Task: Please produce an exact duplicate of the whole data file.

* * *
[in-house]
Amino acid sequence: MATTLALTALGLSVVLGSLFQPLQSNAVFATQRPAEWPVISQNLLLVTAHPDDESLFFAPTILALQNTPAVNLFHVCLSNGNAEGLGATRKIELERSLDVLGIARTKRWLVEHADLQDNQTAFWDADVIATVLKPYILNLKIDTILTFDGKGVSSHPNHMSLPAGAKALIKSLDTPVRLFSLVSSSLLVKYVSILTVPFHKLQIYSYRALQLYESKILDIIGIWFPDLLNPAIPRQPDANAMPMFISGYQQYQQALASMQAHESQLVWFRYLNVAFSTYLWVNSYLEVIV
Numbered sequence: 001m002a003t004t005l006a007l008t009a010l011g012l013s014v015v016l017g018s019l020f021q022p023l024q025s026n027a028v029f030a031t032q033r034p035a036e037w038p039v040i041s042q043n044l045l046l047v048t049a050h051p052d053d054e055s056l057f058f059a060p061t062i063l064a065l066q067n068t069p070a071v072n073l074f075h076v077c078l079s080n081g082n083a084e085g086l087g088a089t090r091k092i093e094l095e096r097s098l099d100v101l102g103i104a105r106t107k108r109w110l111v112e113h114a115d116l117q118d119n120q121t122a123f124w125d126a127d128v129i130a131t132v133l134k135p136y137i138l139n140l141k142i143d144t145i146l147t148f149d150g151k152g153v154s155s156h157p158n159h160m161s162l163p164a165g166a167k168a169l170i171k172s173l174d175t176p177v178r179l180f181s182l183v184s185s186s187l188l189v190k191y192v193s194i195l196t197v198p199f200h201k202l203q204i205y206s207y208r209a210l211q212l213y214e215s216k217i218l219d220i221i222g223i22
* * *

[in-house]
Amino acid sequence: MATTLALTALGLSVVLGSLFQPLQSNAVFATQRPAEWPVISQNLLLVTAHPDDESLFFAPTILALQNTPAVNLFHVCLSNGNAEGLGATRKIELERSLDVLGIARTKRWLVEHADLQDNQTAFWDADVIATVLKPYILNLKIDTILTFDGKGVSSHPNHMSLPAGAKALIKSLDTPVRLFSLVSSSLLVKYVSILTVPFHKLQIYSYRALQLYESKILDIIGIWFPDLLNPAIPRQPDANAMPMFISGYQQYQQALASMQAHESQLVWFRYLNVAFSTYLWVNSYLEVIV
Numbered sequence: 001m002a003t004t005l006a007l008t009a010l011g012l013s014v015v016l017g018s019l020f021q022p023l024q025s026n027a028v029f030a031t032q033r034p035a036e037w038p039v040i041s042q043n044l045l046l047v048t049a050h051p052d053d054e055s056l057f058f059a060p061t062i063l064a065l066q067n068t069p070a071v072n073l074f075h076v077c078l079s080n081g082n083a084e085g086l087g088a089t090r091k092i093e094l095e096r097s098l099d100v101l102g103i104a105r106t107k108r109w110l111v112e113h114a115d116l117q118d119n120q121t122a123f124w125d126a127d128v129i130a131t132v133l134k135p136y137i138l139n140l141k142i143d144t145i146l147t148f149d150g151k152g153v154s155s156h157p158n159h160m161s162l163p164a165g166a167k168a169l170i171k172s173l174d175t176p177v178r179l180f181s182l183v184s185s186s187l188l189v190k191y192v193s194i195l196t197v198p199f200h201k202l203q204i205y206s207y208r209a210l211q212l213y214e215s216k217i218l219d220i221i222g223i22